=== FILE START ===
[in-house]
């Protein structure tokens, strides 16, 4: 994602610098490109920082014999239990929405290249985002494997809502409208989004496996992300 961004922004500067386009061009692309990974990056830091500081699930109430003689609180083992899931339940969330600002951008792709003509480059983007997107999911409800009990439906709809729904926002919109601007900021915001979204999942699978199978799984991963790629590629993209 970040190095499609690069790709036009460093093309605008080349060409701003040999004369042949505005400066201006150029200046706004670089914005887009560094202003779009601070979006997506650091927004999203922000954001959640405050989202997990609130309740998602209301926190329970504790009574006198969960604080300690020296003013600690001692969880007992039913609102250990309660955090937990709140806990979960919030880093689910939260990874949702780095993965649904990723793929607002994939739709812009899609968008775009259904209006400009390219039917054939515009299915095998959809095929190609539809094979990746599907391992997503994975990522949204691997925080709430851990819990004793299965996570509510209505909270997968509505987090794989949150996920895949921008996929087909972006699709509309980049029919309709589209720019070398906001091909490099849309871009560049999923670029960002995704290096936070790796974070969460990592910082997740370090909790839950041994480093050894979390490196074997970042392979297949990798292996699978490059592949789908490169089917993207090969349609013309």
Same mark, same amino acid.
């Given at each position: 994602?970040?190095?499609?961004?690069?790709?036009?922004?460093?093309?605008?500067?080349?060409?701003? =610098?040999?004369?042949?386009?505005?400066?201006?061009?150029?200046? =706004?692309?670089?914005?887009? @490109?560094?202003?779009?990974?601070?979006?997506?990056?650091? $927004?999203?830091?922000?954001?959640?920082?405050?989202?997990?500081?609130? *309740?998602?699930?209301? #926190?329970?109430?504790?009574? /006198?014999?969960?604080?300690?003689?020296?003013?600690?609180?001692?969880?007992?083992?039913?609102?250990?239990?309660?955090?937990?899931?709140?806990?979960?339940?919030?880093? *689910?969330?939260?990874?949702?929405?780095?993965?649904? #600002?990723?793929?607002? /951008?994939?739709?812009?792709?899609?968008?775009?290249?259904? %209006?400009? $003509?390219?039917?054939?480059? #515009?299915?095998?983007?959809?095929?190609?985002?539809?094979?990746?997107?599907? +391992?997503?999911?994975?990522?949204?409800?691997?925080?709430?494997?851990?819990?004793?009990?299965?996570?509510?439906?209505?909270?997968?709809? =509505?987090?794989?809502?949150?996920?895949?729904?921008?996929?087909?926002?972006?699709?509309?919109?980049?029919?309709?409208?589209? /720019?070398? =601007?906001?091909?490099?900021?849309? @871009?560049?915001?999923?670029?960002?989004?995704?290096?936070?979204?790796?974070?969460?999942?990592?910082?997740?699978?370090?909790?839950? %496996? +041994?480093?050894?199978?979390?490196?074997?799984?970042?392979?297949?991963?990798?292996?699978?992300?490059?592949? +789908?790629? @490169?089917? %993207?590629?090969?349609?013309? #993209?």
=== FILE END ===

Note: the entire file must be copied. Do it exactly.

[in-house]
């Protein structure tokens, strides 16, 4: 994602610098490109920082014999239990929405290249985002494997809502409208989004496996992300 961004922004500067386009061009692309990974990056830091500081699930109430003689609180083992899931339940969330600002951008792709003509480059983007997107999911409800009990439906709809729904926002919109601007900021915001979204999942699978199978799984991963790629590629993209 970040190095499609690069790709036009460093093309605008080349060409701003040999004369042949505005400066201006150029200046706004670089914005887009560094202003779009601070979006997506650091927004999203922000954001959640405050989202997990609130309740998602209301926190329970504790009574006198969960604080300690020296003013600690001692969880007992039913609102250990309660955090937990709140806990979960919030880093689910939260990874949702780095993965649904990723793929607002994939739709812009899609968008775009259904209006400009390219039917054939515009299915095998959809095929190609539809094979990746599907391992997503994975990522949204691997925080709430851990819990004793299965996570509510209505909270997968509505987090794989949150996920895949921008996929087909972006699709509309980049029919309709589209720019070398906001091909490099849309871009560049999923670029960002995704290096936070790796974070969460990592910082997740370090909790839950041994480093050894979390490196074997970042392979297949990798292996699978490059592949789908490169089917993207090969349609013309």
Same mark, same amino acid.
């Given at each position: 994602?970040?190095?499609?961004?690069?790709?036009?922004?460093?093309?605008?500067?080349?060409?701003? =610098?040999?004369?042949?386009?505005?400066?201006?061009?150029?200046? =706004?692309?670089?914005?887009? @490109?560094?202003?779009?990974?601070?979006?997506?990056?650091? $927004?999203?830091?922000?954001?959640?920082?405050?989202?997990?500081?609130? *309740?998602?699930?209301? #926190?329970?109430?504790?009574? /006198?014999?969960?604080?300690?003689?020296?003013?600690?609180?001692?969880?007992?083992?039913?609102?250990?239990?309660?955090?937990?899931?709140?806990?979960?339940?919030?880093? *689910?969330?939260?990874?949702?929405?780095?993965?649904? #600002?990723?793929?607002? /951008?994939?739709?812009?792709?899609?968008?775009?290249?259904? %209006?400009? $003509?390219?039917?054939?480059? #515009?299915?095998?983007?959809?095929?190609?985002?539809?094979?990746?997107?599907? +391992?997503?999911?994975?990522?949204?409800?691997?925080?709430?494997?851990?819990?004793?009990?299965?996570?509510?439906?209505?909270?997968?709809? =509505?987090?794989?809502?949150?996920?895949?729904?921008?996929?087909?926002?972006?699709?509309?919109?980049?029919?309709?409208?589209? /720019?070398? =601007?906001?091909?490099?900021?849309? @871009?560049?915001?999923?670029?960002?989004?995704?290096?936070?979204?790796?974070?969460?999942?990592?910082?997740?699978?370090?909790?839950? %496996? +041994?480093?050894?199978?979390?490196?074997?799984?970042?392979?297949?991963?990798?292996?699978?992300?490059?592949? +789908?790629? @490169?089917? %993207?590629?090969?349609?013309? #993209?």